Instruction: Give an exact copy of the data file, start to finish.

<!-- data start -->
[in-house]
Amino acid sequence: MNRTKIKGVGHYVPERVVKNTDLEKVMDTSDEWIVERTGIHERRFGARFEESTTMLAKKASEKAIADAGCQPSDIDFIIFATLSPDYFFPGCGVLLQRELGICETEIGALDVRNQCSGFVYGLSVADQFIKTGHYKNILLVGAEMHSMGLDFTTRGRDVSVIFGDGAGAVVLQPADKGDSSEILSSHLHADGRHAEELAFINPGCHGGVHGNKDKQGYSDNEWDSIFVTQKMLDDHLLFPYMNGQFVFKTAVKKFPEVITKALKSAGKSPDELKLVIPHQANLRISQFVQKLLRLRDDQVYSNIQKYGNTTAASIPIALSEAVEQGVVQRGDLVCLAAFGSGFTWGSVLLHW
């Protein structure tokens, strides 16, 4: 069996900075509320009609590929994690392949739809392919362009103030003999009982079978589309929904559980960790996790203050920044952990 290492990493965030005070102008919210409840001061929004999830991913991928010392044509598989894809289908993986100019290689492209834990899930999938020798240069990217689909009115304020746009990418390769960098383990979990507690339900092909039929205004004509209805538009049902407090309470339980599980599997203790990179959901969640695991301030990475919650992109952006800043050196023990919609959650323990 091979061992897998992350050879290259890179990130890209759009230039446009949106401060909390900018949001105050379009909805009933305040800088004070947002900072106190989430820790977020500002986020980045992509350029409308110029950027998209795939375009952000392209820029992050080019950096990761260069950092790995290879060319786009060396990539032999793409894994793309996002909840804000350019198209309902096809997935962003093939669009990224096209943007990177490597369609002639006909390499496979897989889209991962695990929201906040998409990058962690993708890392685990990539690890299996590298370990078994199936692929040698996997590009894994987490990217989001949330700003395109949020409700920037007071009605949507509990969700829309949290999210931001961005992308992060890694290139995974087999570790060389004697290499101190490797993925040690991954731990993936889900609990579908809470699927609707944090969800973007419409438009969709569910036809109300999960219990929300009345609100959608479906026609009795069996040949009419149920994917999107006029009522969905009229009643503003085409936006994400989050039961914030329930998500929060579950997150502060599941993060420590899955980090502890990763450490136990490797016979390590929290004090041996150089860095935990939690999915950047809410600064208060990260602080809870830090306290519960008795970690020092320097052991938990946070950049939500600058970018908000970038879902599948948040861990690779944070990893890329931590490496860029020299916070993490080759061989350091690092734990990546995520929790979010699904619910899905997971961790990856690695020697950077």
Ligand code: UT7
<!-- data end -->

[in-house]
Amino acid sequence: MNRTKIKGVGHYVPERVVKNTDLEKVMDTSDEWIVERTGIHERRFGARFEESTTMLAKKASEKAIADAGCQPSDIDFIIFATLSPDYFFPGCGVLLQRELGICETEIGALDVRNQCSGFVYGLSVADQFIKTGHYKNILLVGAEMHSMGLDFTTRGRDVSVIFGDGAGAVVLQPADKGDSSEILSSHLHADGRHAEELAFINPGCHGGVHGNKDKQGYSDNEWDSIFVTQKMLDDHLLFPYMNGQFVFKTAVKKFPEVITKALKSAGKSPDELKLVIPHQANLRISQFVQKLLRLRDDQVYSNIQKYGNTTAASIPIALSEAVEQGVVQRGDLVCLAAFGSGFTWGSVLLHW
């Protein structure tokens, strides 16, 4: 069996900075509320009609590929994690392949739809392919362009103030003999009982079978589309929904559980960790996790203050920044952990 290492990493965030005070102008919210409840001061929004999830991913991928010392044509598989894809289908993986100019290689492209834990899930999938020798240069990217689909009115304020746009990418390769960098383990979990507690339900092909039929205004004509209805538009049902407090309470339980599980599997203790990179959901969640695991301030990475919650992109952006800043050196023990919609959650323990 091979061992897998992350050879290259890179990130890209759009230039446009949106401060909390900018949001105050379009909805009933305040800088004070947002900072106190989430820790977020500002986020980045992509350029409308110029950027998209795939375009952000392209820029992050080019950096990761260069950092790995290879060319786009060396990539032999793409894994793309996002909840804000350019198209309902096809997935962003093939669009990224096209943007990177490597369609002639006909390499496979897989889209991962695990929201906040998409990058962690993708890392685990990539690890299996590298370990078994199936692929040698996997590009894994987490990217989001949330700003395109949020409700920037007071009605949507509990969700829309949290999210931001961005992308992060890694290139995974087999570790060389004697290499101190490797993925040690991954731990993936889900609990579908809470699927609707944090969800973007419409438009969709569910036809109300999960219990929300009345609100959608479906026609009795069996040949009419149920994917999107006029009522969905009229009643503003085409936006994400989050039961914030329930998500929060579950997150502060599941993060420590899955980090502890990763450490136990490797016979390590929290004090041996150089860095935990939690999915950047809410600064208060990260602080809870830090306290519960008795970690020092320097052991938990946070950049939500600058970018908000970038879902599948948040861990690779944070990893890329931590490496860029020299916070993490080759061989350091690092734990990546995520929790979010699904619910899905997971961790990856690695020697950077």
Ligand code: UT7